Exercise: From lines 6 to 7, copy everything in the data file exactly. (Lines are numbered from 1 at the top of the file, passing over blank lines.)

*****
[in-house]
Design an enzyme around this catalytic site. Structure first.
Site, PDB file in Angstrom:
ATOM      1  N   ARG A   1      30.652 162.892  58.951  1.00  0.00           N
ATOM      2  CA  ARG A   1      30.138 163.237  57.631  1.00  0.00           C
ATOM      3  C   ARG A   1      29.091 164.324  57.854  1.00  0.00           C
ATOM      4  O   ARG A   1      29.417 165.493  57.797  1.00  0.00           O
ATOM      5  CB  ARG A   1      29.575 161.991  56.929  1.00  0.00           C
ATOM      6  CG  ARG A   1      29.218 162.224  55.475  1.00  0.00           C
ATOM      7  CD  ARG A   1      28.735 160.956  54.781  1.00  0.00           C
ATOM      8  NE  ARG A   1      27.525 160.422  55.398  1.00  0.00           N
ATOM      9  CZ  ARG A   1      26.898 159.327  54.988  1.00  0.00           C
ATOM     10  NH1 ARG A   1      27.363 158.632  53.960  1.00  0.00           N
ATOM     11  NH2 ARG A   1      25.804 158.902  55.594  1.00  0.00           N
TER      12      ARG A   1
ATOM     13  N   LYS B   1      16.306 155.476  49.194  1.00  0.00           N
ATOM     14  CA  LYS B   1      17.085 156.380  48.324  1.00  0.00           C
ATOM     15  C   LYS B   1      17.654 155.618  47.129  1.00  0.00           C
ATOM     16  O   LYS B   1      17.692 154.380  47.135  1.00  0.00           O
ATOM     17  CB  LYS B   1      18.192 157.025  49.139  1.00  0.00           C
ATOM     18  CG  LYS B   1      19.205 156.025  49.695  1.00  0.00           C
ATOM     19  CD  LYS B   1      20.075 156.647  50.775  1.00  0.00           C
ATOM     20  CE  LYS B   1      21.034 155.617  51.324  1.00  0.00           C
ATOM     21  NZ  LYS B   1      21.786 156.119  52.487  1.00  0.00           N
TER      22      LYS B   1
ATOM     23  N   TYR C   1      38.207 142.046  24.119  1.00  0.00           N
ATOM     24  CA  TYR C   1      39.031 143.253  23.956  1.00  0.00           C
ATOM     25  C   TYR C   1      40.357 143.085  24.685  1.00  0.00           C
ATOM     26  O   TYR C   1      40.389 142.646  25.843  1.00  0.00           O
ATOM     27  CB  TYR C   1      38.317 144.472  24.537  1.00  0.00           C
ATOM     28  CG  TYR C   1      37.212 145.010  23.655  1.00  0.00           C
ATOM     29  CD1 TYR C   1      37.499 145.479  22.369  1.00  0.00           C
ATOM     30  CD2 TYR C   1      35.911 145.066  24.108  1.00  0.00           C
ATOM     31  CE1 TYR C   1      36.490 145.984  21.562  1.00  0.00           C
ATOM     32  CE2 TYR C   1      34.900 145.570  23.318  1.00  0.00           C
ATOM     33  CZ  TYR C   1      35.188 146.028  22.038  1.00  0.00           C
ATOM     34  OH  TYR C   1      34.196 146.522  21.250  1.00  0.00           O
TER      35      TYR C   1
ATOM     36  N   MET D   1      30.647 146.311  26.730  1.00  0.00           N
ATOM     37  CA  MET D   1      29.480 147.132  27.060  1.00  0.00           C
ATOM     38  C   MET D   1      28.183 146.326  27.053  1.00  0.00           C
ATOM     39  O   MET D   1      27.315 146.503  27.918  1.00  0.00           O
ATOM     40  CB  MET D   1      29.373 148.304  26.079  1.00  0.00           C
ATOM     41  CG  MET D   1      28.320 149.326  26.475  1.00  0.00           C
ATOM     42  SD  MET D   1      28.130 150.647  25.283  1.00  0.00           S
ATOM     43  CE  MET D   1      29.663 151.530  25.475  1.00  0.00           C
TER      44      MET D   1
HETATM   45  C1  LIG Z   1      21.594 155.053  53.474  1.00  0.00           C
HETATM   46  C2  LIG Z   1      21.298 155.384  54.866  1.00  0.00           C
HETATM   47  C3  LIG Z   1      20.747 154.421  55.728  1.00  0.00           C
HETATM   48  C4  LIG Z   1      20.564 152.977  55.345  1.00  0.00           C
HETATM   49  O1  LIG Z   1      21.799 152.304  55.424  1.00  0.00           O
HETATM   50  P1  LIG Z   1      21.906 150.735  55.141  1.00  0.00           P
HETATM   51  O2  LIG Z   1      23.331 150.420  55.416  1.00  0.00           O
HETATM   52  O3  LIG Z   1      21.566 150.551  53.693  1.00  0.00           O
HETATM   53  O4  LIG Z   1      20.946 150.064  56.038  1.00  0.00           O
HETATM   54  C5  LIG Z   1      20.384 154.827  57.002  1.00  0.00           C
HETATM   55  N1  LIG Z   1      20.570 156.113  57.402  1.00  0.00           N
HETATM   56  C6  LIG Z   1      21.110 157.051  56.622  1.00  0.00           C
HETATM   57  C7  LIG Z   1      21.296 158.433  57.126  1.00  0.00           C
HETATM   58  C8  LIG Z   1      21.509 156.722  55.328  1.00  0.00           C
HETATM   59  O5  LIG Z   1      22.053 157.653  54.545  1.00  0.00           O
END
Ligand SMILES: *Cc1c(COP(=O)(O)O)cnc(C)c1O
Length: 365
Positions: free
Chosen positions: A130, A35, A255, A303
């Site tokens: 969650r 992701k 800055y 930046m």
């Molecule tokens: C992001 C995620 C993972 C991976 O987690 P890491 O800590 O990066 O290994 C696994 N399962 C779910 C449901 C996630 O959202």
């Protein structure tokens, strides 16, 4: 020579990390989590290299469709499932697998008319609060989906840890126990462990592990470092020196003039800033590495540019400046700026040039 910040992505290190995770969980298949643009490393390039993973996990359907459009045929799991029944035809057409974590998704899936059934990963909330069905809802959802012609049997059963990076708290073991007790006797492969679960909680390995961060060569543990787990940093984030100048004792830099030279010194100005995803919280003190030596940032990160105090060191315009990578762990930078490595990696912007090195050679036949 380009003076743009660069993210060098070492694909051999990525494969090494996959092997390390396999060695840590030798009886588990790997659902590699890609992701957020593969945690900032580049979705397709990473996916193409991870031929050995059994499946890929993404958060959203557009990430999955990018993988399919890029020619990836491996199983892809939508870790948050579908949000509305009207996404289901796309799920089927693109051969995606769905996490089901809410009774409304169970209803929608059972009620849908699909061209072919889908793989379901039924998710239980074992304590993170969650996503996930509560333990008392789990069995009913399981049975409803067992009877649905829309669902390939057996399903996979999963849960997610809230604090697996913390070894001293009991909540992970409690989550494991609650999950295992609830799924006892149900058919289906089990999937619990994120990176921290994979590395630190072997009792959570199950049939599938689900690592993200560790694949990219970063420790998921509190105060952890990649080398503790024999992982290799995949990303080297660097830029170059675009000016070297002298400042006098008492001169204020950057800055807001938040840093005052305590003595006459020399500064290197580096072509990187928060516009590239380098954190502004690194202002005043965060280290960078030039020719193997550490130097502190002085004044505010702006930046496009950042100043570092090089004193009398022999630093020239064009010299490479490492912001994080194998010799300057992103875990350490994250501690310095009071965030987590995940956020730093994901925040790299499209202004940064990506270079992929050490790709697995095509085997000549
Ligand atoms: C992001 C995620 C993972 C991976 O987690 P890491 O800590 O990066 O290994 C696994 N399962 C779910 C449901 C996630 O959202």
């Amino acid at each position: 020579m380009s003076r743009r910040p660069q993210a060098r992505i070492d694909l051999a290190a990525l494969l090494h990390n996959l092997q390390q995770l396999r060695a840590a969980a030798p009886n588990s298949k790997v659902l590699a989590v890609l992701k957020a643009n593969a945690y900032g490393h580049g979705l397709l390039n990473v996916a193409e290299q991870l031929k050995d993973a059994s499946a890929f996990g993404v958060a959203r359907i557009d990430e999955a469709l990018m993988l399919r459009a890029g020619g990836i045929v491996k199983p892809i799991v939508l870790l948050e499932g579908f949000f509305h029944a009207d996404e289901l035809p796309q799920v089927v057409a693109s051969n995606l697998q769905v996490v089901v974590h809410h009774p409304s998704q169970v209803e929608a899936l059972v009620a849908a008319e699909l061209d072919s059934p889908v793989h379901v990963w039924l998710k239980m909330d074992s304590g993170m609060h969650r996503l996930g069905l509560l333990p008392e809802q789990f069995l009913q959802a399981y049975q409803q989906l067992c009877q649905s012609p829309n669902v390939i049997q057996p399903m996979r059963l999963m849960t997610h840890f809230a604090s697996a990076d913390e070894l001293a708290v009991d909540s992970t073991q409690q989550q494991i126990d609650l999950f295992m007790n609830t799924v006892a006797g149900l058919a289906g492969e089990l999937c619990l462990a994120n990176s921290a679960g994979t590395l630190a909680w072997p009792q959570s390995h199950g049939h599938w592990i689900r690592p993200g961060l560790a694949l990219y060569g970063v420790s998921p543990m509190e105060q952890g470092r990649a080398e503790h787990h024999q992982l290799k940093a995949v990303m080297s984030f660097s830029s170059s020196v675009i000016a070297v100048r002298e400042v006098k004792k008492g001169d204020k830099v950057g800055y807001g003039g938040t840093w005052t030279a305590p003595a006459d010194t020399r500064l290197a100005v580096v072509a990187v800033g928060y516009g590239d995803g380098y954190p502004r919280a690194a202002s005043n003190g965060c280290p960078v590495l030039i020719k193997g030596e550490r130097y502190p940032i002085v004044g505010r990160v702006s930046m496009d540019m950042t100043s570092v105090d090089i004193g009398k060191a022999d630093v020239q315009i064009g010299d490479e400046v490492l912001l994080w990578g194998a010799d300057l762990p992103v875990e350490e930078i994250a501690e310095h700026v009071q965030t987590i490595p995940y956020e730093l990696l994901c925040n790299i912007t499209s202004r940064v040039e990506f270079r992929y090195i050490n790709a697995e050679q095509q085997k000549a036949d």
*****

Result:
ATOM      3  C   ARG A   1      29.091 164.324  57.854  1.00  0.00           C
ATOM      4  O   ARG A   1      29.417 165.493  57.797  1.00  0.00           O